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Drugs and Lactation Database (LactMed) [Internet]. Bethesda (MD): National Library of Medicine (US); 2006-.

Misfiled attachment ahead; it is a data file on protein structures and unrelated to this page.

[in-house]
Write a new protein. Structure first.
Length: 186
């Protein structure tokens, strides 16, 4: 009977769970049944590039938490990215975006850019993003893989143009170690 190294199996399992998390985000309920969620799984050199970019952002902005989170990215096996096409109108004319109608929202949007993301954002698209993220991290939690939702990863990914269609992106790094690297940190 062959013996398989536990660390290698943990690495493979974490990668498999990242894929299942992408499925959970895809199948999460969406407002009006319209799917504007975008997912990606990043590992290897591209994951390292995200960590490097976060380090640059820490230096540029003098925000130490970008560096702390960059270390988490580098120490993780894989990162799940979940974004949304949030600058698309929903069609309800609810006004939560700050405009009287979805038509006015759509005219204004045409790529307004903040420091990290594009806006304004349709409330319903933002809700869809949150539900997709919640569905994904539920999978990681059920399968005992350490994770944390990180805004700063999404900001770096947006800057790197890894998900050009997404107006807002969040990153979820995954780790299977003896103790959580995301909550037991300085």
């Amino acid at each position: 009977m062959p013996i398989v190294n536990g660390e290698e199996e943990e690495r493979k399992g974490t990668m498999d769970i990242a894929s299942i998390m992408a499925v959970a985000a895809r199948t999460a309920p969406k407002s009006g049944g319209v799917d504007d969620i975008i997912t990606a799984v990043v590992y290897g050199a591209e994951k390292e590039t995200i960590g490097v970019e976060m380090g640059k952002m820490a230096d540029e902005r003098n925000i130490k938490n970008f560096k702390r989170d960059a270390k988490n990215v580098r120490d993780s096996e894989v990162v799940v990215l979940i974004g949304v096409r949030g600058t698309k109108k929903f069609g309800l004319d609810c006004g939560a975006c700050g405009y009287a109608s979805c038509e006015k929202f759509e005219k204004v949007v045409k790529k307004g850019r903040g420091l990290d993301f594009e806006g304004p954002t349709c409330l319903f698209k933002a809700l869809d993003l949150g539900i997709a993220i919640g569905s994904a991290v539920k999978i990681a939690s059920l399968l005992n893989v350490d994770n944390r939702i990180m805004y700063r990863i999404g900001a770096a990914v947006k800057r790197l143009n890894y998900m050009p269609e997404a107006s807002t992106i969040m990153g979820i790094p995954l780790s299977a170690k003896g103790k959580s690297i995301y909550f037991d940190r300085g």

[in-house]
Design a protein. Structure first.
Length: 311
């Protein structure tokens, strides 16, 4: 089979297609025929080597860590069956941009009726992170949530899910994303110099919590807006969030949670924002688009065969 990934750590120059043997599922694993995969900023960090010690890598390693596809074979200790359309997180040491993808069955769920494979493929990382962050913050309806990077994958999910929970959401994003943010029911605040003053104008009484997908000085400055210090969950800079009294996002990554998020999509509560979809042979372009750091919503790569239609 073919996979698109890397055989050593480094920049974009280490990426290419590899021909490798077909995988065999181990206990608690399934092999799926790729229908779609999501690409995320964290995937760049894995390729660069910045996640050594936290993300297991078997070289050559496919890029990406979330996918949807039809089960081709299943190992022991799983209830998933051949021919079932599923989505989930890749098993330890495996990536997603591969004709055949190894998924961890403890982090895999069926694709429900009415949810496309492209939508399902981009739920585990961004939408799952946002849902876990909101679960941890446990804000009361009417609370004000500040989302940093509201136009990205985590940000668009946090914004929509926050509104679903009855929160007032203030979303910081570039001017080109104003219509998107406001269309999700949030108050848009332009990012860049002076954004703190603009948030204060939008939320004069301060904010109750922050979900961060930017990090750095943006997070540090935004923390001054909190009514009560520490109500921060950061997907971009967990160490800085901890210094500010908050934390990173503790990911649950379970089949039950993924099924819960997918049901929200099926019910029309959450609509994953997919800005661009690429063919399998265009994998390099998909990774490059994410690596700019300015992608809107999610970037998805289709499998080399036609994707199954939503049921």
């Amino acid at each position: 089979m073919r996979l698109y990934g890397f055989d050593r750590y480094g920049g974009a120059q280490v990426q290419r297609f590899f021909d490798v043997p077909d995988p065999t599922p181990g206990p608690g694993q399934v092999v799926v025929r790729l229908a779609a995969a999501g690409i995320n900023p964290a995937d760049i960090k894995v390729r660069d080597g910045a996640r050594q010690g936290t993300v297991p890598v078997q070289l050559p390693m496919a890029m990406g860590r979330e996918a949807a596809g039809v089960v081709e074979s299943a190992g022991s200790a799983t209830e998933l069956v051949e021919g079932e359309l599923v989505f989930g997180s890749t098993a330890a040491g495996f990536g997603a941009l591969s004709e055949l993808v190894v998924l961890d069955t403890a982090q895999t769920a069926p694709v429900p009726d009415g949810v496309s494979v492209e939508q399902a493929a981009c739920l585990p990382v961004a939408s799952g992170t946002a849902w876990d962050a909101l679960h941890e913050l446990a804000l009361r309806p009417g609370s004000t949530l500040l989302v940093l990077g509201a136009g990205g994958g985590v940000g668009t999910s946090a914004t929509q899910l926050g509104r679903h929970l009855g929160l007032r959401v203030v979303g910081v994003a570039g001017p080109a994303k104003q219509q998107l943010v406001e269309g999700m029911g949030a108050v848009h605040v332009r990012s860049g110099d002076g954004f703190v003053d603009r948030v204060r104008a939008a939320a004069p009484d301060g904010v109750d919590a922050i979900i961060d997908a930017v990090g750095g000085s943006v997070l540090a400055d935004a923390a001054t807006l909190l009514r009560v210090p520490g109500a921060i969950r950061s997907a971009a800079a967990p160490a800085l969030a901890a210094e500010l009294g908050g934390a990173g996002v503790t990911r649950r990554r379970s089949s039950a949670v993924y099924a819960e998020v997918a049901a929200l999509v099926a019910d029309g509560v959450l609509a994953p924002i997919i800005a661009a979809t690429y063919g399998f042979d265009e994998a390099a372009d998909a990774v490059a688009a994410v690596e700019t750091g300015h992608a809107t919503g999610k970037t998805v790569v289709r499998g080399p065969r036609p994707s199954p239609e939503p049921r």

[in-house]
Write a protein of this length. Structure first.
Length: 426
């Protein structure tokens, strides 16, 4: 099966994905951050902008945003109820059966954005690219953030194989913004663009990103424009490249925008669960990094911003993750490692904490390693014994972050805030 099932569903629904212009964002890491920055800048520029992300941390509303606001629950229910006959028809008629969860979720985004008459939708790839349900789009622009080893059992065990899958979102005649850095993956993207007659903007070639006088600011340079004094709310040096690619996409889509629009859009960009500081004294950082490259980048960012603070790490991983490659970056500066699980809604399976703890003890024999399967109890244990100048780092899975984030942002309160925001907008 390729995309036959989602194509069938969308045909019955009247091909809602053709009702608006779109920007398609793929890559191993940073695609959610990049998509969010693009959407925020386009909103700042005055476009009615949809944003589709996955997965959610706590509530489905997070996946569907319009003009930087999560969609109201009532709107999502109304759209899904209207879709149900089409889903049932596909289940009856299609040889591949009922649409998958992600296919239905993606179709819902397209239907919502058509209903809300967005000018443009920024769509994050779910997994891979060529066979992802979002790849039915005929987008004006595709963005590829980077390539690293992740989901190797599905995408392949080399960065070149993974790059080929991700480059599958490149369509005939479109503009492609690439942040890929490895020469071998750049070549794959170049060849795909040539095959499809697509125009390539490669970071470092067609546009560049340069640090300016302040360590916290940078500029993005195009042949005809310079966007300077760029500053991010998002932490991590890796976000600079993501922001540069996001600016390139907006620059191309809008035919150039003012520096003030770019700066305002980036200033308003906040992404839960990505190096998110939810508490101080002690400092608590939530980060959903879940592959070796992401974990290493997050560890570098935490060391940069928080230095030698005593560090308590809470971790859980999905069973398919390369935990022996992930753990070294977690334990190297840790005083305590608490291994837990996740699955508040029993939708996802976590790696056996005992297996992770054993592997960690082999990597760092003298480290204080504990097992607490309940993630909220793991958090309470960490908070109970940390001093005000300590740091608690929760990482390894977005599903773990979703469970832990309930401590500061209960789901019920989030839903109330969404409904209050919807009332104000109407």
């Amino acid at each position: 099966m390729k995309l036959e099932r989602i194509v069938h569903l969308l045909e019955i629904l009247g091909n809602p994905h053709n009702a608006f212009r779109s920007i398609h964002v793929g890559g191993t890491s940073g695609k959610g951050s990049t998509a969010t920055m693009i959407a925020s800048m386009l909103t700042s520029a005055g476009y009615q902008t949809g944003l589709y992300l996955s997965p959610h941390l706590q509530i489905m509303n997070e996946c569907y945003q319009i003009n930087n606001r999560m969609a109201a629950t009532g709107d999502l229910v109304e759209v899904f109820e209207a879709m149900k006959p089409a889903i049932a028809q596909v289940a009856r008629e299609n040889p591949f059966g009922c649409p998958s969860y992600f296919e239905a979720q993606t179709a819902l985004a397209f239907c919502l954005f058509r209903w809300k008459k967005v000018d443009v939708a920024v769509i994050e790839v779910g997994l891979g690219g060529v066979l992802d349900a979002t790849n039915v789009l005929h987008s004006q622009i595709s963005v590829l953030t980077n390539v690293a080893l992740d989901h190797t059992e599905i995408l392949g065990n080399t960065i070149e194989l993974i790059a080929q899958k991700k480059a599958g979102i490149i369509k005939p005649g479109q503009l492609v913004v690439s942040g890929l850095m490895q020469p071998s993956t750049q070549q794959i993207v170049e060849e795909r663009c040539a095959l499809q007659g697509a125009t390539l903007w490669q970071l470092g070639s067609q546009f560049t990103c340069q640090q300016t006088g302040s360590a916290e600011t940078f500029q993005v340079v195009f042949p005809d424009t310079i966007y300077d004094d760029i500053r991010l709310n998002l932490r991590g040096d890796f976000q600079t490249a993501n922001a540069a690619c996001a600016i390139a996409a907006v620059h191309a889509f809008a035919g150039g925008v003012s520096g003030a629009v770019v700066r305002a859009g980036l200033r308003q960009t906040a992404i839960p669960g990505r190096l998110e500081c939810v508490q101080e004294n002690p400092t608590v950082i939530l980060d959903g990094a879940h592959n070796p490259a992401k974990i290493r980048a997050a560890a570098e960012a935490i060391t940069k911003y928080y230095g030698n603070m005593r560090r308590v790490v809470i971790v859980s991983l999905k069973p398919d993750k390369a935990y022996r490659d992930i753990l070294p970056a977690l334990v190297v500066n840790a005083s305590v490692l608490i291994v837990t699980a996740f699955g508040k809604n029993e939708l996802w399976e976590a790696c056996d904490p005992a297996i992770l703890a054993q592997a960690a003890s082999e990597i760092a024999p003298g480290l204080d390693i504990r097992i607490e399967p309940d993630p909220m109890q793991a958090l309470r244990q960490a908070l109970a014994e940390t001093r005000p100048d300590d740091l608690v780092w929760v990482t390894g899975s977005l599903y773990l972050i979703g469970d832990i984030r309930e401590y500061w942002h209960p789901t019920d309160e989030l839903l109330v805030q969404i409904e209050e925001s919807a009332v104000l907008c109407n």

Hibiscus (Hibiscus sabdariffa) flowers contain anthocyanins, proanthocyanidins, flavonols, as well as various pigments, oils and acids. Other Hibiscus species are also used medicinally. Hibiscus is purportedly used as a galactogogue in some cultures and is included in some proprietary mixtures promoted to increase milk supply;[1][2] however, no scientifically valid clinical trials support this use. Galactogogues should never replace evaluation and counseling on modifiable factors that affect milk production.[3] No data exist on the excretion of any components of hibiscus into breastmilk or on the safety and efficacy of hibiscus nursing mothers or infants. Hibiscus is "generally recognized as safe" (GRAS) as a food by the U.S. Food and Drug Administration. Hibiscus flowers appear to be generally well tolerated, although allergic reactions are possible, including cross reaction with other members of the Malvaceae family (e.g., ambrette, marshmallow). Dietary supplements do not require extensive pre-marketing approval from the U.S. Food and Drug Administration. Manufacturers are responsible to ensure the safety, but do not need to prove the safety and effectiveness of dietary supplements before they are marketed. Dietary supplements may contain multiple ingredients, and differences are often found between labeled and actual ingredients or their amounts. A manufacturer may contract with an independent organization to verify the quality of a product or its ingredients, but that does not certify the safety or effectiveness of a product. Because of the above issues, clinical testing results on one product may not be applicable to other products. More detailed information about dietary supplements is available elsewhere on the LactMed Web site.

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